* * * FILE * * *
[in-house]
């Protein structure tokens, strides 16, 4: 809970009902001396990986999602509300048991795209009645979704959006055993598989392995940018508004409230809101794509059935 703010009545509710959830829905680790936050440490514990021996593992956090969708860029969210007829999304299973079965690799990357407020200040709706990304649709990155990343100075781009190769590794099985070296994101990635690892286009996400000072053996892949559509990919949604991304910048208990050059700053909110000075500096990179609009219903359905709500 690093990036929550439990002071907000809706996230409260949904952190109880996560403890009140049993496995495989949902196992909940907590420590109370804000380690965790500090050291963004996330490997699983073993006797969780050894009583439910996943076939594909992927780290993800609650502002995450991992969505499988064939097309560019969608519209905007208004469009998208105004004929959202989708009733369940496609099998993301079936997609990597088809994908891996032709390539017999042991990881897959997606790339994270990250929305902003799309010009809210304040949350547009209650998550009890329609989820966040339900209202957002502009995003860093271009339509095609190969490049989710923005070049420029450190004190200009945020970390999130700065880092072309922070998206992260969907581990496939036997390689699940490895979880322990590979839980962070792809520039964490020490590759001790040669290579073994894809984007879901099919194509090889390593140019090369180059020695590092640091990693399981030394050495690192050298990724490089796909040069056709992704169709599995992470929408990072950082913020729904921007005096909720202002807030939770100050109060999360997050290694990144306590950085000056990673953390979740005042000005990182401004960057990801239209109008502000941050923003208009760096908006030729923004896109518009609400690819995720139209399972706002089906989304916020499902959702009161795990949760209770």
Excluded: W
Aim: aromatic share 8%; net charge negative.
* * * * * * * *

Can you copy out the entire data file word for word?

[in-house]
């Protein structure tokens, strides 16, 4: 809970009902001396990986999602509300048991795209009645979704959006055993598989392995940018508004409230809101794509059935 703010009545509710959830829905680790936050440490514990021996593992956090969708860029969210007829999304299973079965690799990357407020200040709706990304649709990155990343100075781009190769590794099985070296994101990635690892286009996400000072053996892949559509990919949604991304910048208990050059700053909110000075500096990179609009219903359905709500 690093990036929550439990002071907000809706996230409260949904952190109880996560403890009140049993496995495989949902196992909940907590420590109370804000380690965790500090050291963004996330490997699983073993006797969780050894009583439910996943076939594909992927780290993800609650502002995450991992969505499988064939097309560019969608519209905007208004469009998208105004004929959202989708009733369940496609099998993301079936997609990597088809994908891996032709390539017999042991990881897959997606790339994270990250929305902003799309010009809210304040949350547009209650998550009890329609989820966040339900209202957002502009995003860093271009339509095609190969490049989710923005070049420029450190004190200009945020970390999130700065880092072309922070998206992260969907581990496939036997390689699940490895979880322990590979839980962070792809520039964490020490590759001790040669290579073994894809984007879901099919194509090889390593140019090369180059020695590092640091990693399981030394050495690192050298990724490089796909040069056709992704169709599995992470929408990072950082913020729904921007005096909720202002807030939770100050109060999360997050290694990144306590950085000056990673953390979740005042000005990182401004960057990801239209109008502000941050923003208009760096908006030729923004896109518009609400690819995720139209399972706002089906989304916020499902959702009161795990949760209770």
Excluded: W
Aim: aromatic share 8%; net charge negative.